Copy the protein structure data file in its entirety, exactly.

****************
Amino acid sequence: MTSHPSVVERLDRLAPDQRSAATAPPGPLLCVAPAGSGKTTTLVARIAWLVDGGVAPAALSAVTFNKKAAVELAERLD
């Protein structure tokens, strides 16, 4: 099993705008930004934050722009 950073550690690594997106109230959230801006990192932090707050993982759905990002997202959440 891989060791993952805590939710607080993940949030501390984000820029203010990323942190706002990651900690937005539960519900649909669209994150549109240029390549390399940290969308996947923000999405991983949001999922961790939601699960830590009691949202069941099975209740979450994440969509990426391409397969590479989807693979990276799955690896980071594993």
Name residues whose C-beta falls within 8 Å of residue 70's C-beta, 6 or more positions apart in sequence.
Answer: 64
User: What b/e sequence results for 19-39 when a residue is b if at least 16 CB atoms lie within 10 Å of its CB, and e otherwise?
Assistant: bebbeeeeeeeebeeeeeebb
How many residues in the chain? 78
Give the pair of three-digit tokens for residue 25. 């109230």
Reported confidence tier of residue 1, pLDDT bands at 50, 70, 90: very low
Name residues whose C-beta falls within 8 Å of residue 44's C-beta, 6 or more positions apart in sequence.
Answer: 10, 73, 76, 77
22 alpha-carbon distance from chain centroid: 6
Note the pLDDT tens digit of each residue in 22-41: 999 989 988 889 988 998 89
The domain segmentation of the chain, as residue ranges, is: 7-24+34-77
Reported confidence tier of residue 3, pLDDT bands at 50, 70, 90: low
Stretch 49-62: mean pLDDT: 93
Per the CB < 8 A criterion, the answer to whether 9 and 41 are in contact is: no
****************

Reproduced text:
Amino acid sequence: MTSHPSVVERLDRLAPDQRSAATAPPGPLLCVAPAGSGKTTTLVARIAWLVDGGVAPAALSAVTFNKKAAVELAERLD
């Protein structure tokens, strides 16, 4: 099993705008930004934050722009 950073550690690594997106109230959230801006990192932090707050993982759905990002997202959440 891989060791993952805590939710607080993940949030501390984000820029203010990323942190706002990651900690937005539960519900649909669209994150549109240029390549390399940290969308996947923000999405991983949001999922961790939601699960830590009691949202069941099975209740979450994440969509990426391409397969590479989807693979990276799955690896980071594993």
Name residues whose C-beta falls within 8 Å of residue 70's C-beta, 6 or more positions apart in sequence.
Answer: 64
User: What b/e sequence results for 19-39 when a residue is b if at least 16 CB atoms lie within 10 Å of its CB, and e otherwise?
Assistant: bebbeeeeeeeebeeeeeebb
How many residues in the chain? 78
Give the pair of three-digit tokens for residue 25. 């109230």
Reported confidence tier of residue 1, pLDDT bands at 50, 70, 90: very low
Name residues whose C-beta falls within 8 Å of residue 44's C-beta, 6 or more positions apart in sequence.
Answer: 10, 73, 76, 77
22 alpha-carbon distance from chain centroid: 6
Note the pLDDT tens digit of each residue in 22-41: 999 989 988 889 988 998 89
The domain segmentation of the chain, as residue ranges, is: 7-24+34-77
Reported confidence tier of residue 3, pLDDT bands at 50, 70, 90: low
Stretch 49-62: mean pLDDT: 93
Per the CB < 8 A criterion, the answer to whether 9 and 41 are in contact is: no